CMA steps up probe into Morrisons deal takeover: Competition fears could force petrol station sale
Regulators have launched an investigation into the £7billion private equity takeover of Morrisons.
The Competition and Markets Authority (CMA) will examine whether the buyout of the supermarket group by Clayton, Dubilier & Rice (CD&R) will result in higher fuel prices on forecourts around the country.
New York-based CD&R already owns 920 petrol stations in the UK through its Motor Fuel Group (MFG) business it bought in 2015. Morrisons owns 335.
Retail knights: Sir Ken Morrison (left) with former Tesco boss Sir Terry Leahy (right), a longtime adviser to CD&R
It is feared that merging the two businesses will create a group controlling more than 1,200 of the country’s 8,000 petrol stations –reducing competition and hitting drivers in the pocket.
CD&R also plans to expand Morrisons’ convenience-store chain across MFG forecourts.
Former Tesco boss Sir Terry Leahy, a longtime adviser to CD&R, was instrumental in the deal and has taken over as chairman of Morrisons.
The takeover reunited Leahy with the supermarket’s chief executive David Potts, who worked with him at Tesco.
Launching its investigation, the CMA said it will look into whether the deal ‘may be expected to result in a substantial lessening of competition’.
An industry source said the takeover hands CD&R a ‘dangerously high’ number of forecourts in the UK.
The source added that in some instances it would leave the group in control of the only petrol stations in an area, giving it the power to control prices.
The CMA could force MFG or Morrisons to sell petrol stations in order for the deal to go ahead.
CD&R bought Morrisons last October after a protracted bidding war against rival private equity firm Fortress.
Just days later, the CMA filed an enforcement notice requiring Morrisons to stay independent while it decides whether it needs to investigate the deal.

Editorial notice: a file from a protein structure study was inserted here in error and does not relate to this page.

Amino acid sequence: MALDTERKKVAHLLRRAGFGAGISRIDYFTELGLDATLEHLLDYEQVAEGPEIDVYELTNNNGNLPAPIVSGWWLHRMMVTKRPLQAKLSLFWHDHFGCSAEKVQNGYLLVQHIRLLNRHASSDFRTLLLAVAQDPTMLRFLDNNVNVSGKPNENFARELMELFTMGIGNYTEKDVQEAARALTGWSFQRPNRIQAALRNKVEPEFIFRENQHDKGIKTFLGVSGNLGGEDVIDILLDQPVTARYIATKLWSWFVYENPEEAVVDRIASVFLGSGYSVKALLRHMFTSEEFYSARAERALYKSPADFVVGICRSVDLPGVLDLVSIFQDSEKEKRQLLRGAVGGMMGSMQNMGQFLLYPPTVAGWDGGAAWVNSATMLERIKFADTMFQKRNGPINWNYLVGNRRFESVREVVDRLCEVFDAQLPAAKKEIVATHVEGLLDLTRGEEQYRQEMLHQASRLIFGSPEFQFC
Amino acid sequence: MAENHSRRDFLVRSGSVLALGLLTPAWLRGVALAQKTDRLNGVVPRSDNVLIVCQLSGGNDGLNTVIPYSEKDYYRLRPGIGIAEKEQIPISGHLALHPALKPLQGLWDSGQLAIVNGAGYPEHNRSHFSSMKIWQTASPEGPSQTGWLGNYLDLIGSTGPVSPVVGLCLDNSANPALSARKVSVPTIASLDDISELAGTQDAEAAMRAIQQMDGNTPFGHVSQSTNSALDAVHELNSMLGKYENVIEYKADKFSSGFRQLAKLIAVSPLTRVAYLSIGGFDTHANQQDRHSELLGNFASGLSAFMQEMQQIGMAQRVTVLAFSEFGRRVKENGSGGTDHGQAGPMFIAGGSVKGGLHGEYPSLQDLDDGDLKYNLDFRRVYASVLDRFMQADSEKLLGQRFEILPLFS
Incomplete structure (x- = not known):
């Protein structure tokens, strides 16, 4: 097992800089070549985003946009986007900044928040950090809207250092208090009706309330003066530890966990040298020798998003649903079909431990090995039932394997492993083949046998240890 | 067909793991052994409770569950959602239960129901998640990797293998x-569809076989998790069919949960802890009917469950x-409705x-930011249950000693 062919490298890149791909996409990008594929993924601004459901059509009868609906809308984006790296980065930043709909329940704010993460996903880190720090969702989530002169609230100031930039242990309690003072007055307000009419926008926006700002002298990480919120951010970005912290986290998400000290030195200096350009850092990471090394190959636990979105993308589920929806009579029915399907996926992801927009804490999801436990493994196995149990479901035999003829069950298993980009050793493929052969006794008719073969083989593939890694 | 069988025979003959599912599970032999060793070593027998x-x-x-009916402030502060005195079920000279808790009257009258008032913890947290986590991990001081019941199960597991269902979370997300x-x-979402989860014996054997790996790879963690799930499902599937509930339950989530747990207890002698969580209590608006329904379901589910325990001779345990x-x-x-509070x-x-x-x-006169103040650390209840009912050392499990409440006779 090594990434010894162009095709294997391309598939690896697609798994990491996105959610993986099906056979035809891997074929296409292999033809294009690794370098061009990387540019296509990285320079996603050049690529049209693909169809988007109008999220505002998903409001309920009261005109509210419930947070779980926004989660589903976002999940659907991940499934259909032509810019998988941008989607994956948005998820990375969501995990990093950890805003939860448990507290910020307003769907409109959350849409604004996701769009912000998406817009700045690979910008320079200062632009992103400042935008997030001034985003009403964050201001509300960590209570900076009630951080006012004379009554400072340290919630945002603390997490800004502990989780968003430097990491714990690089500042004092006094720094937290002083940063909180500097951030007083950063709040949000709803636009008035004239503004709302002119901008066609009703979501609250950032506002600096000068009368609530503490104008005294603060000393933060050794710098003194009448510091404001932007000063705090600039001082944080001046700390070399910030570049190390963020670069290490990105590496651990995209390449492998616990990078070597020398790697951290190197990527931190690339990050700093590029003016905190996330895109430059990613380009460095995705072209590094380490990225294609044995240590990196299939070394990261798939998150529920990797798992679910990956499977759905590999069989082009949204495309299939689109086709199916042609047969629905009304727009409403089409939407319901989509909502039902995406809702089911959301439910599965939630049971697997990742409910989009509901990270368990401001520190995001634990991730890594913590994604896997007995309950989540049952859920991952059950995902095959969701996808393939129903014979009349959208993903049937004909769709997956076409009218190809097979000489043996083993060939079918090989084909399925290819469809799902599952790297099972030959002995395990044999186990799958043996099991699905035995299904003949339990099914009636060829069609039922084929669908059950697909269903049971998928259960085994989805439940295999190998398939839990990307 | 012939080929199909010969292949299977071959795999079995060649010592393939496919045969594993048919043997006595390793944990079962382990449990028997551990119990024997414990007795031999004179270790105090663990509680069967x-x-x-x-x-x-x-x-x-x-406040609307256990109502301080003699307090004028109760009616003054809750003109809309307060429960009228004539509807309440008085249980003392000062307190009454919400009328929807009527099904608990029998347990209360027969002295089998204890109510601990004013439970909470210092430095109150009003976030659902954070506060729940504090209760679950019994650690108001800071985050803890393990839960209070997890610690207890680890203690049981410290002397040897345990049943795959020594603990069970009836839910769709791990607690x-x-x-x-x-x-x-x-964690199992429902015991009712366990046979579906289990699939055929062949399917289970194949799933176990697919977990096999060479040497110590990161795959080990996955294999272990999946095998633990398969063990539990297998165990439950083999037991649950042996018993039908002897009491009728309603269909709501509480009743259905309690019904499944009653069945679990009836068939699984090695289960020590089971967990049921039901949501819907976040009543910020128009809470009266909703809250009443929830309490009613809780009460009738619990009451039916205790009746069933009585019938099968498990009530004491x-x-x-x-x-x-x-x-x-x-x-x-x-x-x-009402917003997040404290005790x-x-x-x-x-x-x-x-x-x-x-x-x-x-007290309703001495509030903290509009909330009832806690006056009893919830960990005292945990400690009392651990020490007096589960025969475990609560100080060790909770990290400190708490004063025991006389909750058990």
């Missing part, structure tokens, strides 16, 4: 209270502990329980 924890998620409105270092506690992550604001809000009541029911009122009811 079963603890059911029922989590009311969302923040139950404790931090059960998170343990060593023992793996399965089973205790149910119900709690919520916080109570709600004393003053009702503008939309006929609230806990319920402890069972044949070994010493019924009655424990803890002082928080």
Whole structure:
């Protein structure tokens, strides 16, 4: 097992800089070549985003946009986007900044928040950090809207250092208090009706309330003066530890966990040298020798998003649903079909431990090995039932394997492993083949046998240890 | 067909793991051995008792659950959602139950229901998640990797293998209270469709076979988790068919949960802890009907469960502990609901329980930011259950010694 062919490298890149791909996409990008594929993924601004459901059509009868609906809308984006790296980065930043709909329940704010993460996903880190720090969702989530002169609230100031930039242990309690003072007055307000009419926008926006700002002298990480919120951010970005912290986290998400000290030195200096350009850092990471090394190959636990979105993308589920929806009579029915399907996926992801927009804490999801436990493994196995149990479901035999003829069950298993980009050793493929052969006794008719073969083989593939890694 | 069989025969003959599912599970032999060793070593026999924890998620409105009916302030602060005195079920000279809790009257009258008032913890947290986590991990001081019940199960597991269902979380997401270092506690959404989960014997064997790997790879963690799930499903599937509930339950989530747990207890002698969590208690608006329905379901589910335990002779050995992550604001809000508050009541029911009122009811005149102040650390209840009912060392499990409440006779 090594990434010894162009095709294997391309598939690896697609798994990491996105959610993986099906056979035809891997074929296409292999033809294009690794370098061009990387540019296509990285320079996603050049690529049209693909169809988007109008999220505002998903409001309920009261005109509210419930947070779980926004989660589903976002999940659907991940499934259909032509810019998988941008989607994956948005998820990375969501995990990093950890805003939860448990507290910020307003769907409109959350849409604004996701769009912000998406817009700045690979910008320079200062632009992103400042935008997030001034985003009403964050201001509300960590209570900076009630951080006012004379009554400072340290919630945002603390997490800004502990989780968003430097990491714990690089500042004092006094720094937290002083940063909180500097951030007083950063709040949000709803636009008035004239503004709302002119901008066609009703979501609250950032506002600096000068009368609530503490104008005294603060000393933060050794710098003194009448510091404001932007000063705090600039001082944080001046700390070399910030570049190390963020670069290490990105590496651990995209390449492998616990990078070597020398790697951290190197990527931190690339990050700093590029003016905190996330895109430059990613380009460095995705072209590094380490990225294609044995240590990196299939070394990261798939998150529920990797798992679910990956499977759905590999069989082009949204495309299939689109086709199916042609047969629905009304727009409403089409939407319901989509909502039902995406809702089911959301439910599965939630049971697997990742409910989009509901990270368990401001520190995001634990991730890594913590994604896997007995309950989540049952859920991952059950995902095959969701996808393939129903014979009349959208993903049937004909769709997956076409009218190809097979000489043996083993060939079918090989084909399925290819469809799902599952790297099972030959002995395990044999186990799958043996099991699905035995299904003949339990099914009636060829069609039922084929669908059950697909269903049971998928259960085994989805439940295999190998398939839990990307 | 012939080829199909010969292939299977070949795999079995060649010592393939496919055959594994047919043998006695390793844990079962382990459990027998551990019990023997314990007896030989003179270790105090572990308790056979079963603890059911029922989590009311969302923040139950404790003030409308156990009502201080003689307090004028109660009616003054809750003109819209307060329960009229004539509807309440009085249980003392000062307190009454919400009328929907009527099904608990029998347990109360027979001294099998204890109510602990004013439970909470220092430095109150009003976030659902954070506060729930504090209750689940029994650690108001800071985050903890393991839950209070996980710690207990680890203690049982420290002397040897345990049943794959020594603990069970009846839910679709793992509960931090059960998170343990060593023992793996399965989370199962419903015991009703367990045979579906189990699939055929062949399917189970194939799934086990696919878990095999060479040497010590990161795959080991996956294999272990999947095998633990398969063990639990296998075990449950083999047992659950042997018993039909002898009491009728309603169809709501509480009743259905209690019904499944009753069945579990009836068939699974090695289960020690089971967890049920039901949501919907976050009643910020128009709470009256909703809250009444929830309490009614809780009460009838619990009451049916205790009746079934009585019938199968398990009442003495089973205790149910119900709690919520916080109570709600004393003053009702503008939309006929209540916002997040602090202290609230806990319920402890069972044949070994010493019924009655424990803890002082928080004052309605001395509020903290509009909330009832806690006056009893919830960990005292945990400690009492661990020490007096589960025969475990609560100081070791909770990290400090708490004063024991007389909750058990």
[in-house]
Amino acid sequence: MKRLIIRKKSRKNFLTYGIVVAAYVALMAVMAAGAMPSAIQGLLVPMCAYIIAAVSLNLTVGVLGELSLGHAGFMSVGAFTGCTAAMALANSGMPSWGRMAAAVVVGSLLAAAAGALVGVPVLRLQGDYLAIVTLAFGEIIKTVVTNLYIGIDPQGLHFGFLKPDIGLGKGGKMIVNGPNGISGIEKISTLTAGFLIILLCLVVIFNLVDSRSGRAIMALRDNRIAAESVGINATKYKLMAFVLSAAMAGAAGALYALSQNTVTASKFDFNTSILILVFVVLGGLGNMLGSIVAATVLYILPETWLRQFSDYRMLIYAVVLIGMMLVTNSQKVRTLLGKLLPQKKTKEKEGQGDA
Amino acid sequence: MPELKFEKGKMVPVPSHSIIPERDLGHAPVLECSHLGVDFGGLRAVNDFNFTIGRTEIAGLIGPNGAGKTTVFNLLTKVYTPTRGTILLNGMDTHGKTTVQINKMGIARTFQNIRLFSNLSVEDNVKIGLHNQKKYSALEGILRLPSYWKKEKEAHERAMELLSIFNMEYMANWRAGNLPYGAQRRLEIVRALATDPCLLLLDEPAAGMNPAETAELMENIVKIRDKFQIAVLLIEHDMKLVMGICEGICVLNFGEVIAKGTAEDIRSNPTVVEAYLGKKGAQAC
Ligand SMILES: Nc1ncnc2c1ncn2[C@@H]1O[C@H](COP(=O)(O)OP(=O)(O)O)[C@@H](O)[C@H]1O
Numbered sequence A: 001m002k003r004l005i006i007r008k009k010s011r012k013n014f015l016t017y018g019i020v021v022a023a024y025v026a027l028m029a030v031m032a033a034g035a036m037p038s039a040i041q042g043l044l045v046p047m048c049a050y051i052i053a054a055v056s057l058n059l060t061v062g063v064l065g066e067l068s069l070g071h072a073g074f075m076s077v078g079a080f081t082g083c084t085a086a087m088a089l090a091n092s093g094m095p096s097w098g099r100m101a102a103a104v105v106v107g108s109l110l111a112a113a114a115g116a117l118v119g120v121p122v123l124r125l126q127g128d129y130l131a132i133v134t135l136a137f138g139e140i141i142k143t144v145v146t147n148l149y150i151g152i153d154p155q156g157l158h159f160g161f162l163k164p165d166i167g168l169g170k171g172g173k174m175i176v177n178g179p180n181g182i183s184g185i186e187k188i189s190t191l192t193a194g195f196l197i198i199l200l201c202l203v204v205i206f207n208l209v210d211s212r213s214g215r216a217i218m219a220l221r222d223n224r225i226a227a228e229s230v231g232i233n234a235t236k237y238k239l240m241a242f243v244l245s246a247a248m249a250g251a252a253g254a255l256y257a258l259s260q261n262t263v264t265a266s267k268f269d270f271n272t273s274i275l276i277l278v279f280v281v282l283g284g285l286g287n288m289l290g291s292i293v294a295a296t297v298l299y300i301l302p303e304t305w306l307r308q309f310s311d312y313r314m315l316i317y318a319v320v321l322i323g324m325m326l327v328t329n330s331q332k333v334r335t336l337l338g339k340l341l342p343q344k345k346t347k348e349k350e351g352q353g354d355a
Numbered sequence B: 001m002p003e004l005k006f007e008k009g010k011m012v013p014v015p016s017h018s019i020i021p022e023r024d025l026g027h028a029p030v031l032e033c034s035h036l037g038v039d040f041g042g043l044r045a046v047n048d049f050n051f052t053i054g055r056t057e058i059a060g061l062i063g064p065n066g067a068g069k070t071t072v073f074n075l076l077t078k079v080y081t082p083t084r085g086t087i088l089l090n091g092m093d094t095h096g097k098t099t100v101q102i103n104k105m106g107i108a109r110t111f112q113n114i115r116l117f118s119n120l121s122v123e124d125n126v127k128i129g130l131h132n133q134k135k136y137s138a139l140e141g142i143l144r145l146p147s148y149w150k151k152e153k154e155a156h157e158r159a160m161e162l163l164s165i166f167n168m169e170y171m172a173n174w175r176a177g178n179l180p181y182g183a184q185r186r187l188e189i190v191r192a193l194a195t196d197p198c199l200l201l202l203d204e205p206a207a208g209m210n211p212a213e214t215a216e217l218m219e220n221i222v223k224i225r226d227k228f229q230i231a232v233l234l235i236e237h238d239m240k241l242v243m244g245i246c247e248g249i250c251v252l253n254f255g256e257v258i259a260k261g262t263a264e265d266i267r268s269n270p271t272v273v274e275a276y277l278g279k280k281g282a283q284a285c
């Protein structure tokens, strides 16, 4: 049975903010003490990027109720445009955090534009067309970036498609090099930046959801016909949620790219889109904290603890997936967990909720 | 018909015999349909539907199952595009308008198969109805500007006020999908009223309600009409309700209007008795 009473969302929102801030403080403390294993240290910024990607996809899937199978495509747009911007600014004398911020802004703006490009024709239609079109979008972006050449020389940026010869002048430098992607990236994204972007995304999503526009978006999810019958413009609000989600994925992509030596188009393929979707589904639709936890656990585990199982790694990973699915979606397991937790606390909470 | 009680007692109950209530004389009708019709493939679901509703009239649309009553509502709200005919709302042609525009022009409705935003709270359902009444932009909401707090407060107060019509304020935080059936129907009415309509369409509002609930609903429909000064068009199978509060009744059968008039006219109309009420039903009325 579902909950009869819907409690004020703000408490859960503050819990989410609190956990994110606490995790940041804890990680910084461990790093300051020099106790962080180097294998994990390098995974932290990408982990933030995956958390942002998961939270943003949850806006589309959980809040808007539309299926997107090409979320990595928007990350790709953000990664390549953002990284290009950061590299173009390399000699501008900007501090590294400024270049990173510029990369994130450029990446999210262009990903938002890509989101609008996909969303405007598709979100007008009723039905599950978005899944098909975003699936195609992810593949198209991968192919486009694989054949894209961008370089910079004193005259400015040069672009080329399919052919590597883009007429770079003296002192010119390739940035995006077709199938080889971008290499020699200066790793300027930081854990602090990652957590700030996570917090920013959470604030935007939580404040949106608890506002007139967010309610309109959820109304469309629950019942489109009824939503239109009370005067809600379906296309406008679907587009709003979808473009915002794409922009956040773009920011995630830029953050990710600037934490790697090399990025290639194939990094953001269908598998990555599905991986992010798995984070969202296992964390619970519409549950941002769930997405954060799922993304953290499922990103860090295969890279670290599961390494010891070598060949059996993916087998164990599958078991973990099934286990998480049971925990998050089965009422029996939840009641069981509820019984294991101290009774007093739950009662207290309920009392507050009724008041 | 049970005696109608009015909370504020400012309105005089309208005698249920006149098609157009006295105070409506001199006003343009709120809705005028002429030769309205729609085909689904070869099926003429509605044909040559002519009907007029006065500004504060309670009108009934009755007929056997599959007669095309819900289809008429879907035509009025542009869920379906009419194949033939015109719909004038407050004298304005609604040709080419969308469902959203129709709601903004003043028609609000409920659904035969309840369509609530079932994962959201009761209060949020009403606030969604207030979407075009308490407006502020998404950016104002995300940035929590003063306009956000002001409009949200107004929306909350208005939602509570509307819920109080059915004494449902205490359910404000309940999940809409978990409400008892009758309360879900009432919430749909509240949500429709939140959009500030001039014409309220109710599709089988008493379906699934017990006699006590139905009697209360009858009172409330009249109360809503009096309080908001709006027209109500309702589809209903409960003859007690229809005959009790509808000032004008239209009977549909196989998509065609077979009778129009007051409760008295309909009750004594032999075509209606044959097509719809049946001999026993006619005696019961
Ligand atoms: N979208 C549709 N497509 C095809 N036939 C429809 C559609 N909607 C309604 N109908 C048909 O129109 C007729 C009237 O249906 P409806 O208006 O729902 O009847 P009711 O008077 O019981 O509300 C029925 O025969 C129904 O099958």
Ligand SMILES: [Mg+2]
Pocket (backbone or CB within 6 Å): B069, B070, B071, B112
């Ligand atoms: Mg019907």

When the billionaire Issa brothers bought Asda, their EG Group was told to sell 27 petrol stations in places its expanded footprint may have given it the power to dictate petrol prices locally.
EG Group – also owned by the Issas – has 340 petrol stations in the UK. In more extreme cases the CMA can force businesses to sell firms they have bought.
In November the watchdog ordered JD Sports to sell the smaller high street trainer retailer Footasylum over concerns the takeover would be bad for shoppers.
The debt-fuelled takeover of Morrisons has also sparked concerns over the supermarket giant’s finances.
The deal was worth around £10billion in total, including Morrisons’ £3billion of outstanding debt. CD&R put up around £3.4billion but a further £3.6billion was borrowed and has pushed Morrisons’ debt pile to £6.6billion.
With the debt level rising, the private equity group was forced to pledge properties as security to the pension fund in order to win backing from the trustees of the scheme.
Shore Capital retail analyst Clive Black said: ‘CD&R has to sort out Morrisons’ long-term debt and will not be helped by an ongoing CMA investigation into that.’
The debt burden – and the prospect of rising interest rates – may be tricky to manage as a supermarket price war eats into profits at a time when costs are rising.
Black said: ‘The debt undoubtedly introduces more financial risk into Morrisons, but CD&R will have done its homework into what Morrisons needs to be competitive.’
Morrisons is the UK’s fourth biggest grocer behind Tesco, Sainsbury’s and Asda. It was the only one of the Big Four to lose market share over Christmas, according to data from Kantar.
CD&R, which manages investments worth £22billion in around 90 businesses, has also drawn criticism for what are seen as vague commitments to Morrisons’ 500 store estate. Morrisons declined to comment.